Mr. Chase related to me this incident, which was afterwards, at his request, repeated by the President in the presence of others, to the great annoyance of Mr. Stanton, who never enjoyed the anecdotical humors of the President if at his expense.

The “Merrimac” was, a few days thereafter — on the 10th of May, while the President and party were at Fortress Monroe-abandoned and destroyed by the rebels themselves. The large steamers that had awaited her advent, at an expense of several hundred thousand dollars, were discharged, with the exception of the Vanderbilt, which remained a white elephant in the hands of the War Department. Eventually, she was turned over to the navy, that had declined to purchase and did not want her. She was too large for blockade service, but, as she was to be employed, the Navy Department sent her off on an unsuccessful cruise for the “Alabama,” under a very capable commander, at a cost to the Government of more than one thousand dollars per day, without result. The War Department had paid two thousand dollars per day to her owner for her use.

In giving this magnificent vessel to the Government, Mr. Vanderbilt performed a magnificent and patriotic act, for which he received and deserved the thanks of Congress; but it was to the Government a costly present. The Quartermaster General, on a call from Congress in 1865, reported that “previous to her presentation to the government,” the War Department had paid for her services three hundred and three thousand five hundred and eighty-nine dollars and ten cents ($303,589.10). The Secretary of the Navy, on a similar call from Congress in 1868, reported that the Navy Department had expended over four hundred thousand dollars ($400,000) in repairing the Vanderbilt, and that a further outlay of, at least, half a million dollars would be then required to fit her for service; that she was at Mare Island, used for berthing and messing the men detailed [31] to take care of the ships in ordinary. So that this ship, donated to the Government to run down the “Merrimac,” if the “Monitor” would get out of the way, was, without accomplishing that object, an expense to the Government of three times the original cost of the “Monitor.”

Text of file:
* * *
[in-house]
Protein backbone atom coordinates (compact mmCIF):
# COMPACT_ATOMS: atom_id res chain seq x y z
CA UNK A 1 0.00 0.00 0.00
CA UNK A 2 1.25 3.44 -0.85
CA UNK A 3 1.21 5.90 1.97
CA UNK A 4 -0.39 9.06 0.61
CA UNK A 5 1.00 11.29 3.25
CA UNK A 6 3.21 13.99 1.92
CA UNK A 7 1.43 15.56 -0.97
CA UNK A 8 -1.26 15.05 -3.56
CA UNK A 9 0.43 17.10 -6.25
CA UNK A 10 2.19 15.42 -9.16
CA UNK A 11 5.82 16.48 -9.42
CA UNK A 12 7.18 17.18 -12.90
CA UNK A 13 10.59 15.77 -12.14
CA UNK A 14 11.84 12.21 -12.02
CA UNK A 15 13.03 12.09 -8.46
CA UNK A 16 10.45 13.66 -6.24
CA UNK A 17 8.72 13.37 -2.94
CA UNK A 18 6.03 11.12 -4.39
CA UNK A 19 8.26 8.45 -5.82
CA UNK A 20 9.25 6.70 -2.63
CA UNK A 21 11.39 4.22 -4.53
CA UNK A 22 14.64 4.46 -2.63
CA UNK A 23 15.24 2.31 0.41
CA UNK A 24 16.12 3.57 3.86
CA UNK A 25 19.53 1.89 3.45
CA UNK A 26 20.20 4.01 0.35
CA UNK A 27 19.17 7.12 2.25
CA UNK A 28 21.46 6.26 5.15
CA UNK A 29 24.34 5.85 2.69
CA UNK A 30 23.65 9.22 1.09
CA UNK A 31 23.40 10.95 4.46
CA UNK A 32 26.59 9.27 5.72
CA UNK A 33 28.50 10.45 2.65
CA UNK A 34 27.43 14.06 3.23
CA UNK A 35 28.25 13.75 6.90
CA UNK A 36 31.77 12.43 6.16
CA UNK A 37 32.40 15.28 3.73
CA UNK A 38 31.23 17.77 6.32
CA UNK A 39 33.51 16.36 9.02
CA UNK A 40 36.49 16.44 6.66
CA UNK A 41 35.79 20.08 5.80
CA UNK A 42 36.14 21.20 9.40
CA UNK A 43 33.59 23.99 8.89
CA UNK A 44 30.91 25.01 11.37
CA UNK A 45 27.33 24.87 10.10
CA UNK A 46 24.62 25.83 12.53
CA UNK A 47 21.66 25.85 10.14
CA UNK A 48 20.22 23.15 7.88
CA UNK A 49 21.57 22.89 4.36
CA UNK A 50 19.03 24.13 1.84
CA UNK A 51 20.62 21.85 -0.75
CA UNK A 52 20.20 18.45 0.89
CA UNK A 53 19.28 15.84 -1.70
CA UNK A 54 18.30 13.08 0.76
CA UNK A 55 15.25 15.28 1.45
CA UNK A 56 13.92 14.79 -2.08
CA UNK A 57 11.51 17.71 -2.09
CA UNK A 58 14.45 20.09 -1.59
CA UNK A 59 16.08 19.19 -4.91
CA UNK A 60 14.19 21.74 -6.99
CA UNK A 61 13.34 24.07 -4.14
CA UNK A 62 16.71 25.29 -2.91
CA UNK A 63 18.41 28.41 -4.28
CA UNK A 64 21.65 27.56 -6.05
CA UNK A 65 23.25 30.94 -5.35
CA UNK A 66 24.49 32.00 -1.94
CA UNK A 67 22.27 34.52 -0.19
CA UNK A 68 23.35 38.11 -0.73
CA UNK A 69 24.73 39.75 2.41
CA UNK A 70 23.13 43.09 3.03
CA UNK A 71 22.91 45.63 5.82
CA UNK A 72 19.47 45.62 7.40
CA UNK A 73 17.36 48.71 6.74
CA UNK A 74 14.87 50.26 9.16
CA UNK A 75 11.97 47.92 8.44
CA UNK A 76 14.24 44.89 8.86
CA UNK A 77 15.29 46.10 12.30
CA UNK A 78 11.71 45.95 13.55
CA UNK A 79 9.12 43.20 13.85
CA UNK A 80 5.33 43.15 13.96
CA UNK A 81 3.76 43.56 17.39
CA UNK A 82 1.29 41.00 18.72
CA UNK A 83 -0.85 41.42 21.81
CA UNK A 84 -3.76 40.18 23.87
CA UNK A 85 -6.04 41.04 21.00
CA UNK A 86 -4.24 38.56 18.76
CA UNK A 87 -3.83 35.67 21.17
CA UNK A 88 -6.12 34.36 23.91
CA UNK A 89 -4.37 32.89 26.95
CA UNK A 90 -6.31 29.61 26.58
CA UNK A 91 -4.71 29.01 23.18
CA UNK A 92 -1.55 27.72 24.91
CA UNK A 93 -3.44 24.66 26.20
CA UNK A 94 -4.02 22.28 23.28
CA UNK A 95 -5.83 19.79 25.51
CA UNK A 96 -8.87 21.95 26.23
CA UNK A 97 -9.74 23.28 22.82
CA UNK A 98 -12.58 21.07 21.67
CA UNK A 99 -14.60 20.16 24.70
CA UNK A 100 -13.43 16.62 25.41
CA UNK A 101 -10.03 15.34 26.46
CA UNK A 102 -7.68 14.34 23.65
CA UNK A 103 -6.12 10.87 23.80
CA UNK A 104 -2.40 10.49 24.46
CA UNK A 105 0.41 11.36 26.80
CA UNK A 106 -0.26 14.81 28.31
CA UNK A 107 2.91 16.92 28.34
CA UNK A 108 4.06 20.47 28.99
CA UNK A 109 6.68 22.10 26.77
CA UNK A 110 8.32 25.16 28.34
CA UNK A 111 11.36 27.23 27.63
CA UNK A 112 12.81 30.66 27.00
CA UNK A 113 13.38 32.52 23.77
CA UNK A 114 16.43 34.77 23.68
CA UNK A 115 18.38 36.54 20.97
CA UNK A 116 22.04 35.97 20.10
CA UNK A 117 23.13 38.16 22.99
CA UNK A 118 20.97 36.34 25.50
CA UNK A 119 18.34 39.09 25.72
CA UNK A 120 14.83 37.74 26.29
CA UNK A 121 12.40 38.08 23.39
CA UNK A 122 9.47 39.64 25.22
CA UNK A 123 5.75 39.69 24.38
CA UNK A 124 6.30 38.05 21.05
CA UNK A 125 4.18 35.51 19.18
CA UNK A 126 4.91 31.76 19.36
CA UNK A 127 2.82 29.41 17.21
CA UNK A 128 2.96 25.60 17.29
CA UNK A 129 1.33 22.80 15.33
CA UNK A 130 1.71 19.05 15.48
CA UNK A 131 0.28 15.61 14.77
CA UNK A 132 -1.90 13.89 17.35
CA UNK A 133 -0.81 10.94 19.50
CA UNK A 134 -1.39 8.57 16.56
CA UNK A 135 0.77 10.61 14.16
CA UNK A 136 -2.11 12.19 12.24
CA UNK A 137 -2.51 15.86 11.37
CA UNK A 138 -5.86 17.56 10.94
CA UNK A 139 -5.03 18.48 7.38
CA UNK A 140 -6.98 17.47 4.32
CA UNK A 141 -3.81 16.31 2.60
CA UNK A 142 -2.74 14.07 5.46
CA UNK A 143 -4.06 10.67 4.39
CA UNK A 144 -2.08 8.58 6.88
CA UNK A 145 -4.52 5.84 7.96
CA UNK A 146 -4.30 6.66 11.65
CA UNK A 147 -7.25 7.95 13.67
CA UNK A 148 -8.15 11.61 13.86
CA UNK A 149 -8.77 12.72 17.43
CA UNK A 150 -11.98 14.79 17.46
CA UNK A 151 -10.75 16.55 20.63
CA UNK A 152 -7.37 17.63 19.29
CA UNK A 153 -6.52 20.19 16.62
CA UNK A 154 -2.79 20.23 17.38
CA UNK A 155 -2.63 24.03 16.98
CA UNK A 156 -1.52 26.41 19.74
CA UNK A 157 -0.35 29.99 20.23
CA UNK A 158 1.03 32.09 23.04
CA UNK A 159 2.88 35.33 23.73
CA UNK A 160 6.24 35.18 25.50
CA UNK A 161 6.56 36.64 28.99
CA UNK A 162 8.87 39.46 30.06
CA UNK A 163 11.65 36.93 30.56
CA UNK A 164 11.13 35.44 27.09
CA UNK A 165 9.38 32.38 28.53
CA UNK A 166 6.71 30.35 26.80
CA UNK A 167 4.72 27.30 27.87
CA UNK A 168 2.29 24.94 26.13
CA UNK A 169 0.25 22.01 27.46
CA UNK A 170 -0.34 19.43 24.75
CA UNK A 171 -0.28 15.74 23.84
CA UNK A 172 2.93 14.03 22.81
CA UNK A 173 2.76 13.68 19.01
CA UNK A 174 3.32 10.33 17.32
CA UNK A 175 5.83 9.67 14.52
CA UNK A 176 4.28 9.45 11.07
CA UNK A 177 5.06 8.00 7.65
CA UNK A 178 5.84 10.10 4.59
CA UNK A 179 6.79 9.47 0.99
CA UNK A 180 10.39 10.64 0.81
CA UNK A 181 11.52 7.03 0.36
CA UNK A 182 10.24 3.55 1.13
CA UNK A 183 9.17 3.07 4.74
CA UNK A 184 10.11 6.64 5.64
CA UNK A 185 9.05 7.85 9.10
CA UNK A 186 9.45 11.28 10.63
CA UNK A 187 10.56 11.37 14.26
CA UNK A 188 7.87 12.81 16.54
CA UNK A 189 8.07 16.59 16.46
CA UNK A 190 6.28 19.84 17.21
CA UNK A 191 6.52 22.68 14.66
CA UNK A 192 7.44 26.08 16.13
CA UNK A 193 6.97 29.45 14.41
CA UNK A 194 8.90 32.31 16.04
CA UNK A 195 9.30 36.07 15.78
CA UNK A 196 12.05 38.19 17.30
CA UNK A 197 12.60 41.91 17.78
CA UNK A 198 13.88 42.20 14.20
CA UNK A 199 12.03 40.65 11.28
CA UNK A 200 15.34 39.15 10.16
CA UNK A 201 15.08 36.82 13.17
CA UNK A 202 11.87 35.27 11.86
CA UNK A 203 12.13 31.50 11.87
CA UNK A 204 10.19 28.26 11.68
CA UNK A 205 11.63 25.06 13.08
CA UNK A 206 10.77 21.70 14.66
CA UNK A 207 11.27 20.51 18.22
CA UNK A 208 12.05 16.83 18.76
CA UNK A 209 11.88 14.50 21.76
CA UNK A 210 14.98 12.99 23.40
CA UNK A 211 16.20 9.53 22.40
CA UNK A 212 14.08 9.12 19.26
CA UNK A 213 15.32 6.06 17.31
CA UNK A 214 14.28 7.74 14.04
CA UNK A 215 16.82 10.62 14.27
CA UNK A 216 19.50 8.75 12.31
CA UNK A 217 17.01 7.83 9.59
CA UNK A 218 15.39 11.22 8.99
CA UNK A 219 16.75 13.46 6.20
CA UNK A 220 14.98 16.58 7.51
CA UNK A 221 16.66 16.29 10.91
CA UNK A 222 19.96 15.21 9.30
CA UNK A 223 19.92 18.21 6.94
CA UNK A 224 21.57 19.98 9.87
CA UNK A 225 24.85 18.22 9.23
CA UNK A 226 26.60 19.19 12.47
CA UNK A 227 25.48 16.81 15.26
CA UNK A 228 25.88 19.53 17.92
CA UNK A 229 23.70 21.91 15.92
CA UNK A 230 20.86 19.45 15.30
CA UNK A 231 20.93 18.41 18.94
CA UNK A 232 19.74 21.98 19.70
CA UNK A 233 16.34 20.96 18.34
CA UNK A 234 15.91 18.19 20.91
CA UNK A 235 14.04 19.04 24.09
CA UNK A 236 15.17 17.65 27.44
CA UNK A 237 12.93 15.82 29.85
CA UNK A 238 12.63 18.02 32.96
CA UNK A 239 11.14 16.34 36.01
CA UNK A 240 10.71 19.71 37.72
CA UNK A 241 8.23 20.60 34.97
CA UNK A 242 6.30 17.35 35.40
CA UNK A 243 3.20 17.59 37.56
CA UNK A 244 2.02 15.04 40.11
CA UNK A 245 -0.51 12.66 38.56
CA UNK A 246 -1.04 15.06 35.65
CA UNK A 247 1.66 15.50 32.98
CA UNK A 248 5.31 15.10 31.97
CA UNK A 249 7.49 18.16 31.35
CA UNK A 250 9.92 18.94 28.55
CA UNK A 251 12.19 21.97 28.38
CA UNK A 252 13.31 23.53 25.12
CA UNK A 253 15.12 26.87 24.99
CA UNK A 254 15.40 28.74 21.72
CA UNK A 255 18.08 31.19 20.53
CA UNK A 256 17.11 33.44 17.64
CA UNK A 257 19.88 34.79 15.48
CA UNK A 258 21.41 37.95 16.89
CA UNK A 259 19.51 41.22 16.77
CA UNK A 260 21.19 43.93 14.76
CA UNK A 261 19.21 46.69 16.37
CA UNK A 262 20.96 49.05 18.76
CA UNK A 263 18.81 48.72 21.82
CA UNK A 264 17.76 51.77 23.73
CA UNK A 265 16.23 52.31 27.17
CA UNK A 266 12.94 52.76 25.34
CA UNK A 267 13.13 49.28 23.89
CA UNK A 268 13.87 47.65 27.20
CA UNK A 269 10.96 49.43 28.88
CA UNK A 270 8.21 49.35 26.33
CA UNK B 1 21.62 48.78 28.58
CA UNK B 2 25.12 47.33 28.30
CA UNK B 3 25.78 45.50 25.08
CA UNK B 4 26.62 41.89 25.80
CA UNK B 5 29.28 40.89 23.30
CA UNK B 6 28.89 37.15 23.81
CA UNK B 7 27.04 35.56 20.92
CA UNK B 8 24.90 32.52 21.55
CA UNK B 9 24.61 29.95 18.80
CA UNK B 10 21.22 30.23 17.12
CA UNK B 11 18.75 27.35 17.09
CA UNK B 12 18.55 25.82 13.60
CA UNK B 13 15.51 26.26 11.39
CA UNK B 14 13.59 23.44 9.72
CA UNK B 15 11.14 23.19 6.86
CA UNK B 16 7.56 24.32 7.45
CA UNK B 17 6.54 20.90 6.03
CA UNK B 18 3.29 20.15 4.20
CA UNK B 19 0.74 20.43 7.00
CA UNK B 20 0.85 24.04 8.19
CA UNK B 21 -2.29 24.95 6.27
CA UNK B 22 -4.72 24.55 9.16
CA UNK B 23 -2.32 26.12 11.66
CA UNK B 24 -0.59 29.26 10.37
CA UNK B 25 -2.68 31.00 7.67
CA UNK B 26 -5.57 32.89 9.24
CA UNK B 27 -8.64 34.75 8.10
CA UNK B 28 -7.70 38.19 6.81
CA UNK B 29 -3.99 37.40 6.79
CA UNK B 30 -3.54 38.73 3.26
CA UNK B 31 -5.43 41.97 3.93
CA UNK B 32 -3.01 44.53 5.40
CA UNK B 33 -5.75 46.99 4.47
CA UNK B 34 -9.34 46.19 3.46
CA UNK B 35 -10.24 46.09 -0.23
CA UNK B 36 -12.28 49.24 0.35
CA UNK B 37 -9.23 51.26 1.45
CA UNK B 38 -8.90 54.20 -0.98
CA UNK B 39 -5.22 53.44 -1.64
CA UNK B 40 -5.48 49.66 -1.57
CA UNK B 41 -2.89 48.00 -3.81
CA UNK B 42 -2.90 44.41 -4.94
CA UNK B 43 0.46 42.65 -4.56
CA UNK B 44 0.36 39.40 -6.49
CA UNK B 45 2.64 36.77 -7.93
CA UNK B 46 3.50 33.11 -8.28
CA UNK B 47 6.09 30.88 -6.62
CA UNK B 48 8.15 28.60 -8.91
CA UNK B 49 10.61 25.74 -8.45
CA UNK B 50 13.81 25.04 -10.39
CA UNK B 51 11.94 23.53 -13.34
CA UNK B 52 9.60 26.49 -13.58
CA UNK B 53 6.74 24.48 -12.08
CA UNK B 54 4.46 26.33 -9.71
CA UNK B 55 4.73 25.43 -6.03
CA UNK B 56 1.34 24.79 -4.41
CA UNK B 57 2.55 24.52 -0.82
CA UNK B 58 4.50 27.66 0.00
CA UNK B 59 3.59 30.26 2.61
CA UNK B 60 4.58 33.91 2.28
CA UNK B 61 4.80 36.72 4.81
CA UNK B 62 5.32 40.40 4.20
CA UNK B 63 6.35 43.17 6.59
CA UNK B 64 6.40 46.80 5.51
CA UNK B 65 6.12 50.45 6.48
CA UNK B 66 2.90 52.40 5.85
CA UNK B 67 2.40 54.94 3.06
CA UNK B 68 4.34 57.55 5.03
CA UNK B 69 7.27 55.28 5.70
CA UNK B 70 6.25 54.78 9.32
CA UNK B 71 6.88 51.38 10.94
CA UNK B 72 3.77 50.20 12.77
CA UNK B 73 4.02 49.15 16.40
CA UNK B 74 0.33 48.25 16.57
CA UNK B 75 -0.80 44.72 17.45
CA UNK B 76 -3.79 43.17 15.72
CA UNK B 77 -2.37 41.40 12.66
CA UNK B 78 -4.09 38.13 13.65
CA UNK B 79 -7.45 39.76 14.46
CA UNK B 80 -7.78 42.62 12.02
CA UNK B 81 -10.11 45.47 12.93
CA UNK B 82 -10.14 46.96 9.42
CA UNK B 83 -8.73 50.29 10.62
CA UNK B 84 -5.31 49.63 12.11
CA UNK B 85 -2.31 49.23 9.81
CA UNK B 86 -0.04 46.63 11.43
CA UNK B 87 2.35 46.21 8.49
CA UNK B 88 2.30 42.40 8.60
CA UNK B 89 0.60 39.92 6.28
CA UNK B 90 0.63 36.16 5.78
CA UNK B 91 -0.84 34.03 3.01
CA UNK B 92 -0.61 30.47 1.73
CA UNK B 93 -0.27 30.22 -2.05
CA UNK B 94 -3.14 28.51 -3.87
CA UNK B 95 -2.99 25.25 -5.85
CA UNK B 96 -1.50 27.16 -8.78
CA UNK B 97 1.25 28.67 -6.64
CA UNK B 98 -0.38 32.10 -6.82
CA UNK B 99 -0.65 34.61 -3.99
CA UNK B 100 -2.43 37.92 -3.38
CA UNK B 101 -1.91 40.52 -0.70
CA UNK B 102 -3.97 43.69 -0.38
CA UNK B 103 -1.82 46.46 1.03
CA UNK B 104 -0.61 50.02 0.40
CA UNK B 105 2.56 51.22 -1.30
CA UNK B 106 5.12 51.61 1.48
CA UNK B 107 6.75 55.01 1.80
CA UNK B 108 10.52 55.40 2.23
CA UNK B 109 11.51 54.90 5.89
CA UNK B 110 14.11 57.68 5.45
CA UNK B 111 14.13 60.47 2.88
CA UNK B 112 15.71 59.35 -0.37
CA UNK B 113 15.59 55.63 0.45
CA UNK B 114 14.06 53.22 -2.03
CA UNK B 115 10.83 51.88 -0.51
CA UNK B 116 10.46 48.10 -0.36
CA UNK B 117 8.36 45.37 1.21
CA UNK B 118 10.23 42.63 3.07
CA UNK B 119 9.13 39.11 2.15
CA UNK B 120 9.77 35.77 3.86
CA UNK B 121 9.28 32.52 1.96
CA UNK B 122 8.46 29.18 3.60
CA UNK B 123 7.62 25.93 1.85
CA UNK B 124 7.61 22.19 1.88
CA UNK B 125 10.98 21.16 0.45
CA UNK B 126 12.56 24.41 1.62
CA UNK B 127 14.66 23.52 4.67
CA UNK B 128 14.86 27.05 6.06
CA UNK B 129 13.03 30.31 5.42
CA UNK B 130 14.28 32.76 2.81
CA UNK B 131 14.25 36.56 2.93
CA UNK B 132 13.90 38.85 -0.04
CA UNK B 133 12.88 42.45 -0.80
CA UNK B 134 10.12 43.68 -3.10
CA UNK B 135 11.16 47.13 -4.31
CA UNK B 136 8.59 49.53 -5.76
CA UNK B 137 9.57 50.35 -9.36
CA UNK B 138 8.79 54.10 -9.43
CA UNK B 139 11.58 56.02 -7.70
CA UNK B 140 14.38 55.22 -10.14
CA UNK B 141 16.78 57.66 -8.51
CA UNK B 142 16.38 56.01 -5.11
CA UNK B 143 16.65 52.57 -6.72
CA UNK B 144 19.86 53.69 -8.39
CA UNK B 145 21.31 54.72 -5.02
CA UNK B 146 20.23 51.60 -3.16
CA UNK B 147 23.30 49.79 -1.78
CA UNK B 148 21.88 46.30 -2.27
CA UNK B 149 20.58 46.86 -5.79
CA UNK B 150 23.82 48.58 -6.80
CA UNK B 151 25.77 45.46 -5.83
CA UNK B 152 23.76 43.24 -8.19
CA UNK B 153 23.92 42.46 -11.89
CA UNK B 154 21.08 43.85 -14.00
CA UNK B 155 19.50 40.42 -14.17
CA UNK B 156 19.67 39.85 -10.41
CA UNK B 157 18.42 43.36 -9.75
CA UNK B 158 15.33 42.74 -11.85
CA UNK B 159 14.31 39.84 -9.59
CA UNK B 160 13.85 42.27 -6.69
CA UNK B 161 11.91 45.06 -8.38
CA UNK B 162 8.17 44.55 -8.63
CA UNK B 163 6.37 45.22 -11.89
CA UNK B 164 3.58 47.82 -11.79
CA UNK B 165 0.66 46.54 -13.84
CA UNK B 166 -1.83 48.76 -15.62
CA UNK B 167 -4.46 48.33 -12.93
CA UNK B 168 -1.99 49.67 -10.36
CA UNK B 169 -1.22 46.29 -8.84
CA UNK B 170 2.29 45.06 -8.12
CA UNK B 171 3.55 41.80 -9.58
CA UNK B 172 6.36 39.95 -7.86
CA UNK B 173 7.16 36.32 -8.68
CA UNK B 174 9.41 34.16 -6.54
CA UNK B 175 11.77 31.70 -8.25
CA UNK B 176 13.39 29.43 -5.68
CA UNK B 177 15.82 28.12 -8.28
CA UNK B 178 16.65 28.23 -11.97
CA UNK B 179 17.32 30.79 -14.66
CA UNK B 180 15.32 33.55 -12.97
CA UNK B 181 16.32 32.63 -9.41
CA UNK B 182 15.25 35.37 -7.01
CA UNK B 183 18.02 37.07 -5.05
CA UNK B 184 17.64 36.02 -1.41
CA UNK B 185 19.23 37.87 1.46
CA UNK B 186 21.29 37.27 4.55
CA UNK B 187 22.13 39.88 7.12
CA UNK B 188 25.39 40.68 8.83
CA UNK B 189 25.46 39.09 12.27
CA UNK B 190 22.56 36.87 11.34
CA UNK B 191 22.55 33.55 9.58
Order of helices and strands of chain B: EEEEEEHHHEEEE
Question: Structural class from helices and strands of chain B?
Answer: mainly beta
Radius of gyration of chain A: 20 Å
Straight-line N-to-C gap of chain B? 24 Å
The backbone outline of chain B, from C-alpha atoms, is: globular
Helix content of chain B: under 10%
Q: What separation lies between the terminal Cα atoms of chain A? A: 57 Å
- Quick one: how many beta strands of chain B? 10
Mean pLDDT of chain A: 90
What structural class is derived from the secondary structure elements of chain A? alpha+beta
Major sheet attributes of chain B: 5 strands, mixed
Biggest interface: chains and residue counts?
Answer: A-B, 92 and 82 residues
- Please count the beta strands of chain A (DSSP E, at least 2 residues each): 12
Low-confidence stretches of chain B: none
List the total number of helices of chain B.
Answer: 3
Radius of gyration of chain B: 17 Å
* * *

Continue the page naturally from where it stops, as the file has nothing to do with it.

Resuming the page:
I mention these facts, not to detract from the merit of Cornelius Vanderbilt's patriotic gift, but to exemplify the greater value of the little “Monitor” of John Ericsson for naval purposes, and the reason why the Navy Department declined to purchase the Vanderbilt, Illinois, and other immense steamers that were pressed, by influential persons, by the press, and by interested parties, upon the Navy Department and the Government. The War Department, taking a different view, bought the Illinois for four hundred thousand dollars ($400,000). The Illinois, by the way, has never had a day's sea-service since the War Department purchased her, and will never pass Sandy Hook.

The “Monitor,” which rendered such gallant service to the country, and was the progenitor of a class of vessels that is to be found in the navy of almost every maritime nation, was foundered on the 30th of December, 1862, in a storm off Cape Hatteras.